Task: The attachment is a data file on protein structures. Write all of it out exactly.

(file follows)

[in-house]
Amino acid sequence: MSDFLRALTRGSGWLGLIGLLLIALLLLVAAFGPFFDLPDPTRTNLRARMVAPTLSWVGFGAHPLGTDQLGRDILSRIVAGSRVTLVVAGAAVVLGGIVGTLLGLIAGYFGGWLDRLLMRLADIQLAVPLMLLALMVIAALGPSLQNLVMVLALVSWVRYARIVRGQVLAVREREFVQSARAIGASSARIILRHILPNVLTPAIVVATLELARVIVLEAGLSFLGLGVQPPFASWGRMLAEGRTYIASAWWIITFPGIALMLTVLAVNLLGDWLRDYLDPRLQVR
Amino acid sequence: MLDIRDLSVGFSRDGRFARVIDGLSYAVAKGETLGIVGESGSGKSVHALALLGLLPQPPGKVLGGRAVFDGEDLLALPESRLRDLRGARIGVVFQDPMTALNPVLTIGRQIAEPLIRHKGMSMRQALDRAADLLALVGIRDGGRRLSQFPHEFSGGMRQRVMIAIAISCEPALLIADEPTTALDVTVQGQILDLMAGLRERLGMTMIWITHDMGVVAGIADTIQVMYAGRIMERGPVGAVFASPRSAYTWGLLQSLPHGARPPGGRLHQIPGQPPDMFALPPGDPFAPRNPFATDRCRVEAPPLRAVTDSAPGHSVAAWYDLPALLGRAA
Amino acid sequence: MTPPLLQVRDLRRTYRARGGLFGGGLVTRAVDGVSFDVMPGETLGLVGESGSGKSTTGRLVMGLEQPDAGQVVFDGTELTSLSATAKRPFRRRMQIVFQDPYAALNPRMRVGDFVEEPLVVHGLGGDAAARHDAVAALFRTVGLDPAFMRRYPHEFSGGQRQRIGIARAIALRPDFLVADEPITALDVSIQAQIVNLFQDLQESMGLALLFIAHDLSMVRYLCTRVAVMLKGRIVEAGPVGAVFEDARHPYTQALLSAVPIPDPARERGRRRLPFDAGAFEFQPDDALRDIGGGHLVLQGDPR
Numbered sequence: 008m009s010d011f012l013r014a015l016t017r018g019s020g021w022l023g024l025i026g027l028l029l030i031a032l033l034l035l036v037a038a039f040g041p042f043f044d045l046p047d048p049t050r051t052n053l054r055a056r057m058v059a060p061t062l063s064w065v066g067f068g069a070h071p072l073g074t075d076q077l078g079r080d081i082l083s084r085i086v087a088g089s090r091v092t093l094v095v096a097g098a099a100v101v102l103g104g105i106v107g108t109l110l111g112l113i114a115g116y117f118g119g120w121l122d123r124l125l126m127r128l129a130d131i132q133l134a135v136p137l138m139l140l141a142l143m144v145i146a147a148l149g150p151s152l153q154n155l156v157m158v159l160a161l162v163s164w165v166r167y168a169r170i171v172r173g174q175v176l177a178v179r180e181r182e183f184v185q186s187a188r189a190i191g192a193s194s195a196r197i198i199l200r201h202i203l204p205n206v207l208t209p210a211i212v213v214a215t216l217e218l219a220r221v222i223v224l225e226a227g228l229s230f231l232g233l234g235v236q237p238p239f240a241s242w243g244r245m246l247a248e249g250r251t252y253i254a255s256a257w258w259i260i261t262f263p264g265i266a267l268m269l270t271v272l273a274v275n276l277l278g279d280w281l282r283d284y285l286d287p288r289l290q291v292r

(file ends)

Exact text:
[in-house]
Amino acid sequence: MSDFLRALTRGSGWLGLIGLLLIALLLLVAAFGPFFDLPDPTRTNLRARMVAPTLSWVGFGAHPLGTDQLGRDILSRIVAGSRVTLVVAGAAVVLGGIVGTLLGLIAGYFGGWLDRLLMRLADIQLAVPLMLLALMVIAALGPSLQNLVMVLALVSWVRYARIVRGQVLAVREREFVQSARAIGASSARIILRHILPNVLTPAIVVATLELARVIVLEAGLSFLGLGVQPPFASWGRMLAEGRTYIASAWWIITFPGIALMLTVLAVNLLGDWLRDYLDPRLQVR
Amino acid sequence: MLDIRDLSVGFSRDGRFARVIDGLSYAVAKGETLGIVGESGSGKSVHALALLGLLPQPPGKVLGGRAVFDGEDLLALPESRLRDLRGARIGVVFQDPMTALNPVLTIGRQIAEPLIRHKGMSMRQALDRAADLLALVGIRDGGRRLSQFPHEFSGGMRQRVMIAIAISCEPALLIADEPTTALDVTVQGQILDLMAGLRERLGMTMIWITHDMGVVAGIADTIQVMYAGRIMERGPVGAVFASPRSAYTWGLLQSLPHGARPPGGRLHQIPGQPPDMFALPPGDPFAPRNPFATDRCRVEAPPLRAVTDSAPGHSVAAWYDLPALLGRAA
Amino acid sequence: MTPPLLQVRDLRRTYRARGGLFGGGLVTRAVDGVSFDVMPGETLGLVGESGSGKSTTGRLVMGLEQPDAGQVVFDGTELTSLSATAKRPFRRRMQIVFQDPYAALNPRMRVGDFVEEPLVVHGLGGDAAARHDAVAALFRTVGLDPAFMRRYPHEFSGGQRQRIGIARAIALRPDFLVADEPITALDVSIQAQIVNLFQDLQESMGLALLFIAHDLSMVRYLCTRVAVMLKGRIVEAGPVGAVFEDARHPYTQALLSAVPIPDPARERGRRRLPFDAGAFEFQPDDALRDIGGGHLVLQGDPR
Numbered sequence: 008m009s010d011f012l013r014a015l016t017r018g019s020g021w022l023g024l025i026g027l028l029l030i031a032l033l034l035l036v037a038a039f040g041p042f043f044d045l046p047d048p049t050r051t052n053l054r055a056r057m058v059a060p061t062l063s064w065v066g067f068g069a070h071p072l073g074t075d076q077l078g079r080d081i082l083s084r085i086v087a088g089s090r091v092t093l094v095v096a097g098a099a100v101v102l103g104g105i106v107g108t109l110l111g112l113i114a115g116y117f118g119g120w121l122d123r124l125l126m127r128l129a130d131i132q133l134a135v136p137l138m139l140l141a142l143m144v145i146a147a148l149g150p151s152l153q154n155l156v157m158v159l160a161l162v163s164w165v166r167y168a169r170i171v172r173g174q175v176l177a178v179r180e181r182e183f184v185q186s187a188r189a190i191g192a193s194s195a196r197i198i199l200r201h202i203l204p205n206v207l208t209p210a211i212v213v214a215t216l217e218l219a220r221v222i223v224l225e226a227g228l229s230f231l232g233l234g235v236q237p238p239f240a241s242w243g244r245m246l247a248e249g250r251t252y253i254a255s256a257w258w259i260i261t262f263p264g265i266a267l268m269l270t271v272l273a274v275n276l277l278g279d280w281l282r283d284y285l286d287p288r289l290q291v292r